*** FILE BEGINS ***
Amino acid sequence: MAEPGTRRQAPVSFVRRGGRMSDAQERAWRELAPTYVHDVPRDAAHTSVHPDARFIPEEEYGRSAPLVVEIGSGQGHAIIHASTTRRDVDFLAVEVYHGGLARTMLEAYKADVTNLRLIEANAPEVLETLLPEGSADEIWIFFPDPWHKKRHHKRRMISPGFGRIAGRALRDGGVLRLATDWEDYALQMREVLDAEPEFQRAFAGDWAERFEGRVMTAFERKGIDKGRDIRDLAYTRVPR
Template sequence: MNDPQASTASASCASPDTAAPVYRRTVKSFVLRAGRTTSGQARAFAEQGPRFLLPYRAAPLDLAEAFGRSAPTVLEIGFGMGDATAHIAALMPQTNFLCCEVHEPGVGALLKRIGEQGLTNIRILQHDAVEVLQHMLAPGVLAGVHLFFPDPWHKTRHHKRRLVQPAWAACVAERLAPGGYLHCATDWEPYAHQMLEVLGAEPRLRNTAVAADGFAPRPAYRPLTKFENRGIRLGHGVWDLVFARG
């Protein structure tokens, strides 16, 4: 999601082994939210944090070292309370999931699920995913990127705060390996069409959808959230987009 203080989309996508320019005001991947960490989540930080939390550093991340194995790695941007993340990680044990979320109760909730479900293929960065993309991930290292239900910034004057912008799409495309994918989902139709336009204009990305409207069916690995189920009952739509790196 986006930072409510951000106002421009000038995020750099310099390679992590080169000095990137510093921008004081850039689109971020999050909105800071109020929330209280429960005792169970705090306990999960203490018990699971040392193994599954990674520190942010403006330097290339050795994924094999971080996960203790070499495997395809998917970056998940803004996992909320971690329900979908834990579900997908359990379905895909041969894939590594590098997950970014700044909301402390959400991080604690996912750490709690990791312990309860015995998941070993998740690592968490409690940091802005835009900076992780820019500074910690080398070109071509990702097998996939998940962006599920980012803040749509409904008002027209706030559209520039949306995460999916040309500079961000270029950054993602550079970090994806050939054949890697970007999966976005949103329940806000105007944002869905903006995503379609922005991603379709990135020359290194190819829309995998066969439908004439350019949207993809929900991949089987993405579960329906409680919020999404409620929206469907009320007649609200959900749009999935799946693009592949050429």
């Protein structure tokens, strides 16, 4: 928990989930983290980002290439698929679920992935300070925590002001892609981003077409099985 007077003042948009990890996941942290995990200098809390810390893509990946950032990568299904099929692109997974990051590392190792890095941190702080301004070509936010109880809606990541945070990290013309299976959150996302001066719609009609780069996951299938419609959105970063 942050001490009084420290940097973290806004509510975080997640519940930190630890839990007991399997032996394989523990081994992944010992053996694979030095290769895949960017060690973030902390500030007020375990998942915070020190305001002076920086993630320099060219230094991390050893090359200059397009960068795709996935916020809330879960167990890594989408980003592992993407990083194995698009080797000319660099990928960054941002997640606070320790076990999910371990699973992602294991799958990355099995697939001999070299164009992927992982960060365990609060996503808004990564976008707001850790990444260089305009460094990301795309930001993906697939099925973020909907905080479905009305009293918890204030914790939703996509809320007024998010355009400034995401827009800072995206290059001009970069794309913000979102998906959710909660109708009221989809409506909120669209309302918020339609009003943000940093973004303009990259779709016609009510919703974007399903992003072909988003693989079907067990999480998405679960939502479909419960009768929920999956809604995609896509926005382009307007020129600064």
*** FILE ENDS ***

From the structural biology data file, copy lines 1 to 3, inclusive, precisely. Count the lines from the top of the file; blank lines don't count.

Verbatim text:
Amino acid sequence: MAEPGTRRQAPVSFVRRGGRMSDAQERAWRELAPTYVHDVPRDAAHTSVHPDARFIPEEEYGRSAPLVVEIGSGQGHAIIHASTTRRDVDFLAVEVYHGGLARTMLEAYKADVTNLRLIEANAPEVLETLLPEGSADEIWIFFPDPWHKKRHHKRRMISPGFGRIAGRALRDGGVLRLATDWEDYALQMREVLDAEPEFQRAFAGDWAERFEGRVMTAFERKGIDKGRDIRDLAYTRVPR
Template sequence: MNDPQASTASASCASPDTAAPVYRRTVKSFVLRAGRTTSGQARAFAEQGPRFLLPYRAAPLDLAEAFGRSAPTVLEIGFGMGDATAHIAALMPQTNFLCCEVHEPGVGALLKRIGEQGLTNIRILQHDAVEVLQHMLAPGVLAGVHLFFPDPWHKTRHHKRRLVQPAWAACVAERLAPGGYLHCATDWEPYAHQMLEVLGAEPRLRNTAVAADGFAPRPAYRPLTKFENRGIRLGHGVWDLVFARG
């Protein structure tokens, strides 16, 4: 999601082994939210944090070292309370999931699920995913990127705060390996069409959808959230987009 203080989309996508320019005001991947960490989540930080939390550093991340194995790695941007993340990680044990979320109760909730479900293929960065993309991930290292239900910034004057912008799409495309994918989902139709336009204009990305409207069916690995189920009952739509790196 986006930072409510951000106002421009000038995020750099310099390679992590080169000095990137510093921008004081850039689109971020999050909105800071109020929330209280429960005792169970705090306990999960203490018990699971040392193994599954990674520190942010403006330097290339050795994924094999971080996960203790070499495997395809998917970056998940803004996992909320971690329900979908834990579900997908359990379905895909041969894939590594590098997950970014700044909301402390959400991080604690996912750490709690990791312990309860015995998941070993998740690592968490409690940091802005835009900076992780820019500074910690080398070109071509990702097998996939998940962006599920980012803040749509409904008002027209706030559209520039949306995460999916040309500079961000270029950054993602550079970090994806050939054949890697970007999966976005949103329940806000105007944002869905903006995503379609922005991603379709990135020359290194190819829309995998066969439908004439350019949207993809929900991949089987993405579960329906409680919020999404409620929206469907009320007649609200959900749009999935799946693009592949050429």